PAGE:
DOT issues do's and don'ts for drivers on eclipse day
Posted August 11
Updated August 15
Raleigh, N.C. — The solar eclipse on Aug. 21 is expected to bring millions of people – both vacationers and daytrippers – to the Carolinas. The path of the total eclipse skims through the western North Carolina mountains and into South Carolina.
In both states, the highway patrol is calling in reinforcements to keep traffic moving and keep the spectacle in the sky from turning into into a disaster on the road.
"We really have no precedent for this," said Rob Broome with the Governor's Highway Safety Program.
- When the sun goes dark: 5 questions answered about the solar eclipse
- 2017 Solar Eclipse: Everything you need to know
"Our goal is to try to spread our people out, have them covering as many areas as we possibly can," said 1st Sgt. Matt Wike, of the North Carolina State Highway Patrol.
The state Department of Transportation will suspend construction projects near the path of the eclipse to maximize available lanes, but Broome expects some level of congestion given the number of vehicles that will be on the roads of western North Carolina.
"If you are planning to go somewhere in that path of totality, make your plans now," he said. "Don't wait until the last minute, and arrive early."
The DOT is offering these other common-sense safety tips:
- All drivers should start the day with a full tank of gas, and carry an emergency kit in case of long delays. Include a flashlight, cellphone charger, cash, blanket, water, non-perishable food and medications.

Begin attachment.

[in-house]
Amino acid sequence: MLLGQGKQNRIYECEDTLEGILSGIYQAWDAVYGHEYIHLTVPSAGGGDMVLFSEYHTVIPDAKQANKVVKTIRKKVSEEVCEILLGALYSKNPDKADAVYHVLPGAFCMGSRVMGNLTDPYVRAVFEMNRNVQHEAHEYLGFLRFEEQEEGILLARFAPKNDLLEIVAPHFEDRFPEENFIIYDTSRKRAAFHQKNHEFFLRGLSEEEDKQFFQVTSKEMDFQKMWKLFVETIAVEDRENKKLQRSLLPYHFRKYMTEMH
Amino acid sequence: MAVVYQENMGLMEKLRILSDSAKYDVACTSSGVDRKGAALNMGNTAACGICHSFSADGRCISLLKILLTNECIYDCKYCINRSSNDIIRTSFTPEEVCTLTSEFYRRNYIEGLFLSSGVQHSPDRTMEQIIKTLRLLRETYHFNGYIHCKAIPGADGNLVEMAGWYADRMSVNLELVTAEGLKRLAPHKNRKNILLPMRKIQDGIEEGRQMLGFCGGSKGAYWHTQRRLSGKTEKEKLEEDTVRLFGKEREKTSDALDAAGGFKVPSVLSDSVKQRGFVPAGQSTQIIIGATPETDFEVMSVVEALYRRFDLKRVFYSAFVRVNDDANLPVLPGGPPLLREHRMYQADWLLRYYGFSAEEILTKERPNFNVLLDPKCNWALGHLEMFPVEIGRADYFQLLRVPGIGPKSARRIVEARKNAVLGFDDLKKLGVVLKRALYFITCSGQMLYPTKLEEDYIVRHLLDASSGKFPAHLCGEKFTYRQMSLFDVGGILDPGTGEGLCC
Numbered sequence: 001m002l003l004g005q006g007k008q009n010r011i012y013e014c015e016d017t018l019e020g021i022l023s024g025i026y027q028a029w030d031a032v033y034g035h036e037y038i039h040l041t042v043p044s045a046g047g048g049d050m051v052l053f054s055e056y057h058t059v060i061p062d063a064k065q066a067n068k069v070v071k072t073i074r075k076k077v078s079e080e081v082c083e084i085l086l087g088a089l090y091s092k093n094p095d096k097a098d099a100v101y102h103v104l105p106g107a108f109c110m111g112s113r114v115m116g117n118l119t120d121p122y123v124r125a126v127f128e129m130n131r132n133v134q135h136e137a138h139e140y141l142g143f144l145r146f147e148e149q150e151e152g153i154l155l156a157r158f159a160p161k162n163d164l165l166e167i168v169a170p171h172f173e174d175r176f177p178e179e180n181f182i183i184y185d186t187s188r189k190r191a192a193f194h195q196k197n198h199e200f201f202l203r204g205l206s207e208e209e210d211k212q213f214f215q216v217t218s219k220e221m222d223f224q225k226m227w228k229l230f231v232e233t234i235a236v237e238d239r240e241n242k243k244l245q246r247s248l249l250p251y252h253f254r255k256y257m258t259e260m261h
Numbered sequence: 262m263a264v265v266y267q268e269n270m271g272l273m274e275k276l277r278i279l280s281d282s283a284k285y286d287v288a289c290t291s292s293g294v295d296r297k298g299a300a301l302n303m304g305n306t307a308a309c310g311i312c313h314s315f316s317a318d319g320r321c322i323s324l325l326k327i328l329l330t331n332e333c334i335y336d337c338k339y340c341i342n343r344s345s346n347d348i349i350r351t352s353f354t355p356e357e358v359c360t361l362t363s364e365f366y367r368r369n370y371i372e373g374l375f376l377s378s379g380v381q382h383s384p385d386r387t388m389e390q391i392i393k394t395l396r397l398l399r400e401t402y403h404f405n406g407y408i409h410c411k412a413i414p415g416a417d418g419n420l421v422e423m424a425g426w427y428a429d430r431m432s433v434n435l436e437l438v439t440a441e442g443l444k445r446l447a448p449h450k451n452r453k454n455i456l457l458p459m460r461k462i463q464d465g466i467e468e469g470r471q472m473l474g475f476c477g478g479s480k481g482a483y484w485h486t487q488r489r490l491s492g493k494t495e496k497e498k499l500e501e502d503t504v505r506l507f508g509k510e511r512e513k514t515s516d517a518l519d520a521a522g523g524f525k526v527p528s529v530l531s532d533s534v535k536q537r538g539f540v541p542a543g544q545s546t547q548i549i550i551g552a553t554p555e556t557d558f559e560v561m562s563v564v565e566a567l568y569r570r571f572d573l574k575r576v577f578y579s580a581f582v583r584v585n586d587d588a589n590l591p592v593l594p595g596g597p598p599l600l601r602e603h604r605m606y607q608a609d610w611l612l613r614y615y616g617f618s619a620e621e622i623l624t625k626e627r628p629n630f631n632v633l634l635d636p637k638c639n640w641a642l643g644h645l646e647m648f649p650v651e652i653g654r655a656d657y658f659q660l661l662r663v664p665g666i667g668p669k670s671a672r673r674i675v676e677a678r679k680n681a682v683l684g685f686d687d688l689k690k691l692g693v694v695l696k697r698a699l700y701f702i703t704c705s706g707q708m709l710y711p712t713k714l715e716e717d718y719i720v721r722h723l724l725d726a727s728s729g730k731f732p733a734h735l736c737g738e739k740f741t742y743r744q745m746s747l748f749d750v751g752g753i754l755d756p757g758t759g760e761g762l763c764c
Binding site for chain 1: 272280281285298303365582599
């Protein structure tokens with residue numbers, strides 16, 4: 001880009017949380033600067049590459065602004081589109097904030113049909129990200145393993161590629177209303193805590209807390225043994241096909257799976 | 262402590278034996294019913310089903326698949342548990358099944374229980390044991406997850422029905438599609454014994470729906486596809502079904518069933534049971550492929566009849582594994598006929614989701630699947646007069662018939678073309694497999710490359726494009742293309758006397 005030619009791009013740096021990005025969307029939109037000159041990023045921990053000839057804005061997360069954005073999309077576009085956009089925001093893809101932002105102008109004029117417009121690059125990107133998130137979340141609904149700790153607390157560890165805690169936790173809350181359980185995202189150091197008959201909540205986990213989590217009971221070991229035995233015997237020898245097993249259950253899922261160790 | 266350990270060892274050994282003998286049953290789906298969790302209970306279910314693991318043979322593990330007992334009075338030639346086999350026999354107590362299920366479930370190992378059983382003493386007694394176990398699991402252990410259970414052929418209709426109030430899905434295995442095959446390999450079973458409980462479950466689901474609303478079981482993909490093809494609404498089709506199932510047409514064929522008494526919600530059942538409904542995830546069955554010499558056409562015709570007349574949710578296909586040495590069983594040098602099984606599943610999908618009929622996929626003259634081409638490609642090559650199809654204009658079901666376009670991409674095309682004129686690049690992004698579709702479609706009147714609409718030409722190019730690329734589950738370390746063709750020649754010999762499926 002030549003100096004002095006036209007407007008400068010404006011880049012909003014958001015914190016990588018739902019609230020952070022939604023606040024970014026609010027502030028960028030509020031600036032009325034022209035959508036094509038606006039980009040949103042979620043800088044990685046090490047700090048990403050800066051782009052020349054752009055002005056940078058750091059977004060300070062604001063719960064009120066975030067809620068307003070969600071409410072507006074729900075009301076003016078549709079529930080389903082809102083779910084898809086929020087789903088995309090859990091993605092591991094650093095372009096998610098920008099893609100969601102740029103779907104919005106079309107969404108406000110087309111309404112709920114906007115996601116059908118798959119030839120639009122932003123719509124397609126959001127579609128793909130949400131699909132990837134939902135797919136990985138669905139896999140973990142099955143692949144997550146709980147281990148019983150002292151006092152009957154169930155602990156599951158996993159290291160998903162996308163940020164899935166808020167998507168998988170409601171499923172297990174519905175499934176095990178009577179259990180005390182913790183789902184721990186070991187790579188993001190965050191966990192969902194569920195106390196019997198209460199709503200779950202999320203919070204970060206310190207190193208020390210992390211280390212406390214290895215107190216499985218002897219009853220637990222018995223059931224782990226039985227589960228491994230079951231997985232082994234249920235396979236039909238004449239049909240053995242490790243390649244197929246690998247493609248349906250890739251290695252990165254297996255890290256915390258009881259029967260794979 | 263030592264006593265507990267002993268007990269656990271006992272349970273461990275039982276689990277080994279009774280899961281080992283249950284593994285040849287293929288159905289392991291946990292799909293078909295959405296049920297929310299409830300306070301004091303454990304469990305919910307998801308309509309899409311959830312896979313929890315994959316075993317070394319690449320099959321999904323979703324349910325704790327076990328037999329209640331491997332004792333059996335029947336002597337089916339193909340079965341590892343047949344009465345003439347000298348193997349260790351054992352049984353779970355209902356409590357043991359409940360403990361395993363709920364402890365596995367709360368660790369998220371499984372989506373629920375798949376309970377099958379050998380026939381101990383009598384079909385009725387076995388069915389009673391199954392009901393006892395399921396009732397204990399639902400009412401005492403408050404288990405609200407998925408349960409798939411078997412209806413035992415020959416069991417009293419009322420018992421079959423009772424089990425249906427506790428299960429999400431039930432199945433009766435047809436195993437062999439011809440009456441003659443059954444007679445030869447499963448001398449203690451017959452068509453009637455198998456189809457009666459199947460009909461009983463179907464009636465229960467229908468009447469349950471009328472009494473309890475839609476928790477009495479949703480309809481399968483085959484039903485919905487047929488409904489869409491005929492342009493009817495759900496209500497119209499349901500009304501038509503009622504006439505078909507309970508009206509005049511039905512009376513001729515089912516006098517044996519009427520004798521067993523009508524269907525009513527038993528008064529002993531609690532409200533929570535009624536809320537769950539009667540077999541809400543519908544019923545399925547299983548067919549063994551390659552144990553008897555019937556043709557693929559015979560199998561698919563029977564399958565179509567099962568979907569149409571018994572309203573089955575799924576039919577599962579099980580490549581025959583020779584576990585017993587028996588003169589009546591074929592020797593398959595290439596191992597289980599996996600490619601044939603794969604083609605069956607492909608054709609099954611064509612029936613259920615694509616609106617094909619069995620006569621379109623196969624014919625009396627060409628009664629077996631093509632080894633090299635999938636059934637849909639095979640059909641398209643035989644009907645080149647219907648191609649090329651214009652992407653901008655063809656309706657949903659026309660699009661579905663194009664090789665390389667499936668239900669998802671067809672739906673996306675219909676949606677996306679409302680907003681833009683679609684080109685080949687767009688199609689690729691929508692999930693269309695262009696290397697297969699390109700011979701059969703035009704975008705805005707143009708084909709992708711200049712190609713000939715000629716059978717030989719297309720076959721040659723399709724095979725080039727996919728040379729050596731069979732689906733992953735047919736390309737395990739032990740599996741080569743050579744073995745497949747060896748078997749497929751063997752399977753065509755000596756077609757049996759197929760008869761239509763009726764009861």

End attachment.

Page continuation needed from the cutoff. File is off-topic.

- If you're in the car when the eclipse happens, don't try to take pictures while you're driving.
- Don't stop on the shoulder. If you must pull over to watch, leave the roadway and go to a safe place.
- Don't wear eclipse glasses while driving.
"We really hope we don't have to tell people this," said NCDOT's David Uchiyama.
And finally, when the eclipse is over, stay put.
"We are discouraging people from immediately going in their cars and heading home," Broome said.
Those traveling to areas of totality are advised to arrive early – even days early – and plan to be in place hours before the shadow begins on Monday.
Be aware that cellphone service might be overwhelmed and carry a paper map or printouts of any necessary directions.
Dress in layers to accommodate changes in the weather, and bring food and water.
Many mountain communities are planning festivals into the afternoon to offer something to do and to keep everyone from clogging mountain roads at the same time.
Broome has been working hard with agencies all over the country to help plan for the eclipse, but he said he'll probably spend that day indoors, in Raleigh at the DOT office.
"I might take a quick jaunt outside around 2:30 to see what I can see," he said.
Broome says North Carolina DOT will also monitor Interstates 77 and 95 for traffic heading in and out of South Carolina.